Morse pal, three others charged in tax conspiracy

Robert Snell
The Detroit News

High-profile attorney Mike Morse's college friend and three others were charged with a tax crime in federal court Tuesday, weeks after being linked to a bribery conspiracy that allegedly benefited Morse.

The college friend Jayson Rosett, was charged with conspiring to defraud the United States, a five-year felony, two months after his lawyer said the FBI and a federal grand jury were investigating a conspiracy involving bribed police officers who sold a stream of accident reports that flowed to Morse's firm. 

Rosett, 50, a Bloomfield Hills physical therapy clinic owner, was charged alongside his father, Robert Rosett, 76, of Boca Raton, Florida, and two others and accused of participating in a tax conspiracy that involved a series of payments flowing to the law enforcement personnel.

Attorney Mike Morse

The other two defendants are Carol Almeranti of Farmington Hills who served as a sergeant in the Detroit Police internal affairs division, and Karen Miller of St. Clair Shores, who Chief James Craig believes has retired from the department.

Robert Rosett was arraigned Tuesday and released on $10,000 unsecured bond. The other three defendants are expected to be arraigned Thursday.

A lawsuit filed last month by Allstate Insurance Company against several doctors and health centers makes similar allegations and identifies Almeranti and Miller as police officers but does not identify their department.

The four were charged in a criminal information, which indicates a guilty plea is expected.

“People don’t pay taxes on cash bribes so this becomes a pretty easy charge to establish,” said Peter Henning, a Wayne State University law professor and former federal prosecutor. “This may be the real strength of the government and a way they can build their bribery case against the payers.”

The conspiracy dates to 2012, lasted until April and involved the Rosetts and others paying more than $375,000 to Almeranti and Miller, federal authorities allege. The Rosetts hid the payments from the Internal Revenue Services through a series of entities, according to the government.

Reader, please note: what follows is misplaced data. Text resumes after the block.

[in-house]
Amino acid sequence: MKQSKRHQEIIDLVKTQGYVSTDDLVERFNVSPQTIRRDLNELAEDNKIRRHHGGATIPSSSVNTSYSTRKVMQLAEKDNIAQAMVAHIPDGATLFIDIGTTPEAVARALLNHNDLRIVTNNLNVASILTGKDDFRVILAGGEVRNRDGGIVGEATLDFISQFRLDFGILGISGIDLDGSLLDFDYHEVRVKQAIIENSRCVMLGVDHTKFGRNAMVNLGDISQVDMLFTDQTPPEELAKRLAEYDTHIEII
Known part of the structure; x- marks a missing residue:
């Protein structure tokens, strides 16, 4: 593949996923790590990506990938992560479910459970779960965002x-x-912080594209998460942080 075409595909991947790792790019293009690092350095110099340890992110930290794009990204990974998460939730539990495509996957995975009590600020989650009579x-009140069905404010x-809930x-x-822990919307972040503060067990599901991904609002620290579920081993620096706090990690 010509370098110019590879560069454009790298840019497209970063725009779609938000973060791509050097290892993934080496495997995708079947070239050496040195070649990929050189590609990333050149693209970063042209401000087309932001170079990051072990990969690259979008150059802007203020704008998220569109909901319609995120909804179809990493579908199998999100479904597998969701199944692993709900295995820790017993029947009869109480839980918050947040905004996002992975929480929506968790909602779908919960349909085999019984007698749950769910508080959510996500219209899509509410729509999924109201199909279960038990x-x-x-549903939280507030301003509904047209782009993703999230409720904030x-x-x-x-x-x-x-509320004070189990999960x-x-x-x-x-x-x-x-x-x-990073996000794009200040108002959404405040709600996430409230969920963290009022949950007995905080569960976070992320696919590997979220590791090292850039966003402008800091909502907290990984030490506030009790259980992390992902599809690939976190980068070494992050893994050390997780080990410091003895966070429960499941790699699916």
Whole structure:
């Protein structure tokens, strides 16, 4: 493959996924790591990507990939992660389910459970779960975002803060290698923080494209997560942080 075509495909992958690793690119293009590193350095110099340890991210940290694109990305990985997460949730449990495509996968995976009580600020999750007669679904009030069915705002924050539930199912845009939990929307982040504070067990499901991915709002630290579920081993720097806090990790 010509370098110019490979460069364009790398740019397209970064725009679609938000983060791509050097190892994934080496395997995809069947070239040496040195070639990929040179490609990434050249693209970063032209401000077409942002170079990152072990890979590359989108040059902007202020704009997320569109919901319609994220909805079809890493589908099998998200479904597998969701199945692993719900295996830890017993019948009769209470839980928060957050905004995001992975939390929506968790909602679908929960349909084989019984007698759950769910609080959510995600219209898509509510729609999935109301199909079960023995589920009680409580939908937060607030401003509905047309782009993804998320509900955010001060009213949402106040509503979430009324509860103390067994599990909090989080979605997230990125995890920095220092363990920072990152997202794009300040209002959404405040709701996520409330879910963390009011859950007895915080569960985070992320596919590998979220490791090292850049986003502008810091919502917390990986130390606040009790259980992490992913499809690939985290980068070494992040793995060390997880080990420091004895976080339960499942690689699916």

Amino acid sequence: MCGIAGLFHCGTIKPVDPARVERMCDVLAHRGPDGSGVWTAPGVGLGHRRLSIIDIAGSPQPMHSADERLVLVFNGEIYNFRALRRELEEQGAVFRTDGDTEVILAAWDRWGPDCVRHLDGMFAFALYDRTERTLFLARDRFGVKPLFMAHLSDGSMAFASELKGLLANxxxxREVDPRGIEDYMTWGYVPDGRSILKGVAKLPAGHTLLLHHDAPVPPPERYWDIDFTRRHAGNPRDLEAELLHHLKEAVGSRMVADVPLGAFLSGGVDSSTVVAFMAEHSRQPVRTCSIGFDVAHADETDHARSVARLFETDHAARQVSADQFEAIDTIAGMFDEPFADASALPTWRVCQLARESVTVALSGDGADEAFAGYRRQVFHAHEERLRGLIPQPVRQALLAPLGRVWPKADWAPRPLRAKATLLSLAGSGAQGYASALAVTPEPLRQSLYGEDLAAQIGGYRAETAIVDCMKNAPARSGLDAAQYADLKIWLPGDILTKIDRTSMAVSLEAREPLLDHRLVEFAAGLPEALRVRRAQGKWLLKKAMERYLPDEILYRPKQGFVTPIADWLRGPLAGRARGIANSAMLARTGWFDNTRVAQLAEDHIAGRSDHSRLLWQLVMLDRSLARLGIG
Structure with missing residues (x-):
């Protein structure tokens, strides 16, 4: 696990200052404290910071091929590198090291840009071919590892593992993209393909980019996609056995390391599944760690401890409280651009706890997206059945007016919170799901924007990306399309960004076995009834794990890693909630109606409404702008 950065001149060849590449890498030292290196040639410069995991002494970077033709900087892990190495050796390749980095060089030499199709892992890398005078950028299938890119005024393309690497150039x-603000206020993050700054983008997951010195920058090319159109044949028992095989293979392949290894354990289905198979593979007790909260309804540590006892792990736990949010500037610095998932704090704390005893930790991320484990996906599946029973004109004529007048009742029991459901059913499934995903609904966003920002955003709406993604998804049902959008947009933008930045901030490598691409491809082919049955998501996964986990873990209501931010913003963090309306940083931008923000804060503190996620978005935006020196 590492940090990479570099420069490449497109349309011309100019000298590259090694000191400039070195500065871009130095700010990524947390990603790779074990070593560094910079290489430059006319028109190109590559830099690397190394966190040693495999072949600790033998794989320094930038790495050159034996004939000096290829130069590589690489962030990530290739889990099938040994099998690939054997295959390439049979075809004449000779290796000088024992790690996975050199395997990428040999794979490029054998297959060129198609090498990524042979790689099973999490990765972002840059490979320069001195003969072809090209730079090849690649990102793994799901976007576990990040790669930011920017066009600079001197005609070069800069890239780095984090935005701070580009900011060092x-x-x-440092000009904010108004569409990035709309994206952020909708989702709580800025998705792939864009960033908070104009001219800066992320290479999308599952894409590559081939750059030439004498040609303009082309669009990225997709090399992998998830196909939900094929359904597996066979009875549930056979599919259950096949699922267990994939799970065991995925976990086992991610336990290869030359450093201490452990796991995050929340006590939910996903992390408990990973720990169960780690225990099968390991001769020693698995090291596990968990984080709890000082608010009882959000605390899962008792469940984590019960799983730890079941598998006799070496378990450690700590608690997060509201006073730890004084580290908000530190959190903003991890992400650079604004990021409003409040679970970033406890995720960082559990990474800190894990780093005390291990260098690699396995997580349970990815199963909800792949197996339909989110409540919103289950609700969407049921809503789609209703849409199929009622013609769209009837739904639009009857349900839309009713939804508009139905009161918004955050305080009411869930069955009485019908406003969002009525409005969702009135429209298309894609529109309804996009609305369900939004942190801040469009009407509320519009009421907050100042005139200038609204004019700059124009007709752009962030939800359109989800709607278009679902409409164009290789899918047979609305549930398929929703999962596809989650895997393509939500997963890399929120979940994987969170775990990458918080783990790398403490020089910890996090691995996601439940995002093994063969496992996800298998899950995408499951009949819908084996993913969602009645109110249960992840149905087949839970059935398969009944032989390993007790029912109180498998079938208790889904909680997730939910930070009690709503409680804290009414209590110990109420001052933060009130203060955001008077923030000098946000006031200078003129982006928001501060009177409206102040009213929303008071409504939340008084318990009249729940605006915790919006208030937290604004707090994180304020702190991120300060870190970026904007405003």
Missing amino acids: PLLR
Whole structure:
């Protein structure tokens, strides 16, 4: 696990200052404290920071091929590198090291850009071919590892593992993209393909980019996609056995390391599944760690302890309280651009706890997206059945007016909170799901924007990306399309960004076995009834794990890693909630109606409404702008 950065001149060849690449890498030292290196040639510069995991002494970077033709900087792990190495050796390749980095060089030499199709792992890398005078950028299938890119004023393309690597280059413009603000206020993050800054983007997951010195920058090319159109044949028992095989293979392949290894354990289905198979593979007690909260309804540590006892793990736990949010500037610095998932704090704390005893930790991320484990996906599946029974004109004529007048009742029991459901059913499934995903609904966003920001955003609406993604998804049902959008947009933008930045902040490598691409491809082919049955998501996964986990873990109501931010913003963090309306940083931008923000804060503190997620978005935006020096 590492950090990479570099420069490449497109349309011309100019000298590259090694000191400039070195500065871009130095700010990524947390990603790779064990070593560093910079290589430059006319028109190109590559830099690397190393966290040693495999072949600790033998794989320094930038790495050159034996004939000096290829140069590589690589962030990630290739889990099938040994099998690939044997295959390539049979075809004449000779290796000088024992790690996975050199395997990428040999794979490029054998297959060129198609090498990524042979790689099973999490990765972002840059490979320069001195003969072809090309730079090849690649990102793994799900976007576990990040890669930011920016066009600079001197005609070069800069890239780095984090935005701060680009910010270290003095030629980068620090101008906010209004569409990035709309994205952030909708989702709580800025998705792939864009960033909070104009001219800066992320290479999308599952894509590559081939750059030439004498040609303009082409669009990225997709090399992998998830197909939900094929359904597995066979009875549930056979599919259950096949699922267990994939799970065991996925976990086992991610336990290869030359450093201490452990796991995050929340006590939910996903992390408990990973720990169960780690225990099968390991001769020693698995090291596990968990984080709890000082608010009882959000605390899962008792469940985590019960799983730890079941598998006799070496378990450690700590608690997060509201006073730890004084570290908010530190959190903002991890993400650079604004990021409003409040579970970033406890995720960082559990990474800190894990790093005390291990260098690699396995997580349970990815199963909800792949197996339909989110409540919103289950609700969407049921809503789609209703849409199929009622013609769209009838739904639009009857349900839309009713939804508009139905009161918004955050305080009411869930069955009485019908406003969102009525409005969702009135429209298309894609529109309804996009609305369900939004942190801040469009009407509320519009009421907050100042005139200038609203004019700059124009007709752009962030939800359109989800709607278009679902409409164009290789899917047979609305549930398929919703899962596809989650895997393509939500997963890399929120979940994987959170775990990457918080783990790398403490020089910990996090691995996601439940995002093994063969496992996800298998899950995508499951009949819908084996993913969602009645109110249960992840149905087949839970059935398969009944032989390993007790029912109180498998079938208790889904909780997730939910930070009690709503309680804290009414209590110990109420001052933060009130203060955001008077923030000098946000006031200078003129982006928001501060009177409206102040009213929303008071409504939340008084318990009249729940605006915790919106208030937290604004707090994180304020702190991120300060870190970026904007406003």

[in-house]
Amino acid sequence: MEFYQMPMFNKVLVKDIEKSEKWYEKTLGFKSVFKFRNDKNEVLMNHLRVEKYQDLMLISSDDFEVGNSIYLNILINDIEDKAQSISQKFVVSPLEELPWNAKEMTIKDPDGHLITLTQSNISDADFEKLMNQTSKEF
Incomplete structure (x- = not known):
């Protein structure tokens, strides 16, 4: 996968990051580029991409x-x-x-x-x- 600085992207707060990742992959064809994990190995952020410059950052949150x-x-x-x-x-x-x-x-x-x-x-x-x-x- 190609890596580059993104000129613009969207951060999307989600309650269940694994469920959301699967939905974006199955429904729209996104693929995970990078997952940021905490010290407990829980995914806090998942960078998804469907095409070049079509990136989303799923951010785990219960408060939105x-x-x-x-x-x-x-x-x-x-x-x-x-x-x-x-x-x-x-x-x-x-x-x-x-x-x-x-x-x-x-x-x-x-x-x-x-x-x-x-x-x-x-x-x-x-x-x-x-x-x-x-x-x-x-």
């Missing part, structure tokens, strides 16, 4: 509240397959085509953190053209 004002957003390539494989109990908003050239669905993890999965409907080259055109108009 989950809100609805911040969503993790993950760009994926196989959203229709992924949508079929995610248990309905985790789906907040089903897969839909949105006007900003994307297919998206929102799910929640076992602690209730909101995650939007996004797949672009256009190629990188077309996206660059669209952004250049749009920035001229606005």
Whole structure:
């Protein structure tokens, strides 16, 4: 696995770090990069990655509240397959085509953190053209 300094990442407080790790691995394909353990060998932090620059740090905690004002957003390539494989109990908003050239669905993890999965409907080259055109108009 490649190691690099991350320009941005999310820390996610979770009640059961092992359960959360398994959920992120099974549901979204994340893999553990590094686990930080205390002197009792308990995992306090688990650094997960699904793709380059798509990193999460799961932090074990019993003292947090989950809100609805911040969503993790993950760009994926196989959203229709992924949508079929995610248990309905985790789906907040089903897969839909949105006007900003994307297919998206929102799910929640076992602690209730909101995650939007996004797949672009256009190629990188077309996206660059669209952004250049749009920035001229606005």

There were few additional details in the criminal case and Morse, a well-known personal-injury lawyer due to his firm’s television commercials and roadside billboards, is not identified in the filing. But the allegations mirror claims made in the Allstate suit.

The Allstate complaint claims Robert Rosett paid police personnel to obtain unofficial accident reports that were used to solicit clients for Morse's law firm and a chiropractic center owned by Morse's former brother-in-law, Mark Radom. 

"Morse knew that the police reports were unapproved and that it was illegal for him and his firm to obtain them because the reports were stamped 'Unapproved Report' on every page," Allstate lawyer Jacquelyn McEttrick wrote in the civil lawsuit.

The unapproved police reports gave Morse a competitive advantage over rival law firms, Allstate alleged.

"There is no evidence that Morse knew his law office was given police reports that were improperly obtained by others," Morse's lawyer I.W. Winsten previously told The News. "None."

Morse has not been charged with wrongdoing.

There was no immediate comment from lawyers for the Rosetts. Almeranti and Miller could not be reached for comment.

“This is another stain on the department, although it’s not reflective of the majority of our officers," Craig said. "People need to realize there is no tolerance for criminal behavior. This kind of thing compromises the trust we’ve built up with the community.”

The money flowed from Jayson Rosett to his father through two unnamed entities, according to the criminal filing Tuesday.

Robert Rosett directed payments through one entity to a joint bank account he held with Almeranti, the government alleged.

Almeranti and Miller used ATM cards to withdraw money from the bank account, the filing says.

The two officers failed to report the taxable income from the Rosetts, according to the criminal filing.

The Rosetts, meanwhile, failed to report the payments as business expenses, the government alleges.

The payment allegations echo claims made in a second civil lawsuit filed against Rosett and others by State Farm Automobile Insurance Co. 

In mid-2012, Jayson Rosett and others started planning to use a limited-liability company, the Accident Information Bureau, to solicit clients for Morse, and patients for rehabilitation centers, according to State Farm.

Without identifying the company, Jayson Rosett's lawyer Ben Gonek wrote in an earlier court filing that money used to bribe police officers was "laundered" through an entity created by the Bloomfield Hills entrepreneur and others.

The civil lawsuit filed by State Farm two years ago alleges Morse "played a critical role in facilitating the success of the (defendants’) fraud scheme and received substantial financial benefits from the fraudulent claims generated by the clinics...," the insurance company's lawyer wrote in an earlier court filing.

The financial benefits included $550,000 to buy property for an addition on Morse's house and $100,000 to an entity that owns Morse’s private jet, according to the civil lawsuit. 

(313) 222-2486

Twitter: @robertsnellnews